In The News

Welcome to our "In the News" page, featuring summaries of Internet news, relevant to Catastrophism and Ancient History.

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15 Mar 2012
WISE mapping

At ... 'flying through a geomagnetic storm' is an astronaut onboard the International Space Station commenting on what he can see as he flies over the auroral light show.

12 Mar 2012
Sicily to Tunisia

In a book picked up from a charity shop, Art and History of Egypt by Alberto Carlo Carpiceci, it begins with some extraordinary geological information on the Mediterranean basin. The Italians would be more concerned with this part of the world than people over against the Atlantic seaboard. It says that in the Palaeolithic era the Mediterranean Sea was cut into two basins - divided by a tongue of land that joined Tunisia and Italy, the islands of Malta being a remnant.

8 Mar 2012
The YD boundary event ... a solar flare?

This story is a year old but Ive fished it out as it offers an alternative explanation for the Younger Dryas event - see and is the hypothesis of Paul LaViolette of the Starburst Foundation in a paper published in the journal Radiocarbon (last year). It is interesting in that he notes there were radiocarbon 'spurts' when radiocarbon levels in the atmosphere shot up suddenly in which he attempts to tie in with solar Hale cycles (and the de Vreis 200 year solar cycle period).

8 Mar 2012
Dating Thera

Various attempts to equate the low growth tree ring event of 1628-5BC with the Thera volcano are not supported by acidity peaks in ice cores. Whereas Mike Baillie sought to show a 40 year error/difference between tree ring dates and those of ice cores there are in fact a number of acidity peaks in GISP2, at 1669, 1623, 1602, 1600, 1594, and 1577BC. These are best described as originating in volcanoes - but only those eruptions with a sulphur content.

8 Mar 2012

The Mariana Trench in the Pacific has been mapped (mentioned in an earlier piece) with ultrabeam sounding technology and scientists, subsequently, have measured the depth - roughly 11000m. However, it is the discovery of four bridges spanning the trench that is most surprising and they are thought to be caused by one plate descending into the hole and becoming snagged when the sea plate subducting has sea mounts. There are lots of sea mounts on the Pacific plate and are as much as 2500m high.

7 Mar 2012
The fightback cometh ... all of a quiet

Not CAGW magic tricks this time but the YD boundary impact hypothesis has suddenly made a comeback - in PNAS (see or Further articles from new authors on the subject, including scientists from a variety of disciplines, are due to publish shortly, a surprising and unexpected bounce back after all the angst of last year.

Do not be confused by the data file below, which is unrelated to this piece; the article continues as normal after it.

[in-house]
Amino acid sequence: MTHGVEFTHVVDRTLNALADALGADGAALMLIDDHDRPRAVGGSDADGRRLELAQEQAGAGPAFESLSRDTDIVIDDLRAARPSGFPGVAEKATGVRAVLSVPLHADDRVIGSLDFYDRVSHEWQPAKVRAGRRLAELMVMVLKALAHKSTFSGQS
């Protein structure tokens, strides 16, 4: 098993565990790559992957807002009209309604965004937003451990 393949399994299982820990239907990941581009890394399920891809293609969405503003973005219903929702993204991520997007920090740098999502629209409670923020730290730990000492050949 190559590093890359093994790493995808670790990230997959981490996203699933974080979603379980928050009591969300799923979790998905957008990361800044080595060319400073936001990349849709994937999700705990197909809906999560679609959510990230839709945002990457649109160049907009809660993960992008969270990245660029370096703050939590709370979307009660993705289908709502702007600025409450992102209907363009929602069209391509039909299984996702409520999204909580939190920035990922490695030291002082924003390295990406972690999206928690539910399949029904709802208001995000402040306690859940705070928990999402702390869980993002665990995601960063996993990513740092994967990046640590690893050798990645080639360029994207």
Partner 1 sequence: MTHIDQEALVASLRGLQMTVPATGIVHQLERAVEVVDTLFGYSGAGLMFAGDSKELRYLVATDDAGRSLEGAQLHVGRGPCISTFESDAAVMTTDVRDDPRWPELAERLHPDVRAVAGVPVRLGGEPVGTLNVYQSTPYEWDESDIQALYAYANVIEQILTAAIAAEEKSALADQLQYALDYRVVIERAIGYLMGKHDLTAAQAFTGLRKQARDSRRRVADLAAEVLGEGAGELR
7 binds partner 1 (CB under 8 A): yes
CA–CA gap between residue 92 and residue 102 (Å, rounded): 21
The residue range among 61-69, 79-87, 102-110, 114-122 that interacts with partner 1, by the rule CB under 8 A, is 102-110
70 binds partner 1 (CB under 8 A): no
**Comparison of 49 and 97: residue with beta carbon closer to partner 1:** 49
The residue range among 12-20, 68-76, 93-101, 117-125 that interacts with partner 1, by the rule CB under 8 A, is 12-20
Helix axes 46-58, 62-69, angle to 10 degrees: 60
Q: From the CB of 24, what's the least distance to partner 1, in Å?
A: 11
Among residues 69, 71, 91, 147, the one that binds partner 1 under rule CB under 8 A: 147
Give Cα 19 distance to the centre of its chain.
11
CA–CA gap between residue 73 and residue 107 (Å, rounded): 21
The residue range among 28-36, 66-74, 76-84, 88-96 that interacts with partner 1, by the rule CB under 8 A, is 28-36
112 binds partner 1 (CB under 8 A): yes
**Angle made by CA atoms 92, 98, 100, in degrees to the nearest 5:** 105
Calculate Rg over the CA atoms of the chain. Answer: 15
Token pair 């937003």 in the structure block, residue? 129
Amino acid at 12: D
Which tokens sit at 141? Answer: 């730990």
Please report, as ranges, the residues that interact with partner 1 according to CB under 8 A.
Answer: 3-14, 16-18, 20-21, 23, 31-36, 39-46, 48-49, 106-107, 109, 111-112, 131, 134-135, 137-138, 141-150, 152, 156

7 Mar 2012
The Greeks in Egypt

Al-Ahram (published in Cairo - see has been running some nice pieces on the Greek period in Egypt which will interest members coming from various angles - a revised chronology for instance, or dating systems and their impact on the anno domini dates we take for granted in the modern world. Alexandria now largely squats on the sea bed offshore of the Nile delta, drowned by an earthquake and land subsidence.

7 Mar 2012
Pilgrimage ... and human behaviour

The Ohio Archaeology Blog, another excellent site - see comments on a paper in the Journal of Anthropological Archaeology that claims that 'religiously motivated co-operation in the form of pilgrimage is a neglected element in discussions of co-operative behaviour among humans' and goes on to propose how to evaluate it in the future (but I won't bore you with details).

7 Mar 2012
A bright streak and a pale red dot

The police received a number of calls concerning a huge fireball that crossed the sky from Scotland to Devon around 21.40 on March 3rd, escribed as incredibly bright - see and This follows several fireballs seen over North America during February - but where do they come from? It is only a matter of weeks since the passage of an asteroid that came relatively close to the earth, in astronomical terminology that is, but might there be a connection? Was the asteroid a defunct comet?

5 Mar 2012
A little bit of local history ... and everywhere in Britain has something similar to say

The Slough Observer last week had a report on the history behind the Montem Mound at Salt Hill in Slough. In various sources this was associated with a mysterious trade in salt that in some way involved Eton College, which until the 20th century owned much of the land to the south of Salt Hill, down to the Thames in the valley below. In the early medieval period this was a watery landscape and the line of the Roman road to Bath takes the high point along a ridge above the Thames valley, including Salt Hill.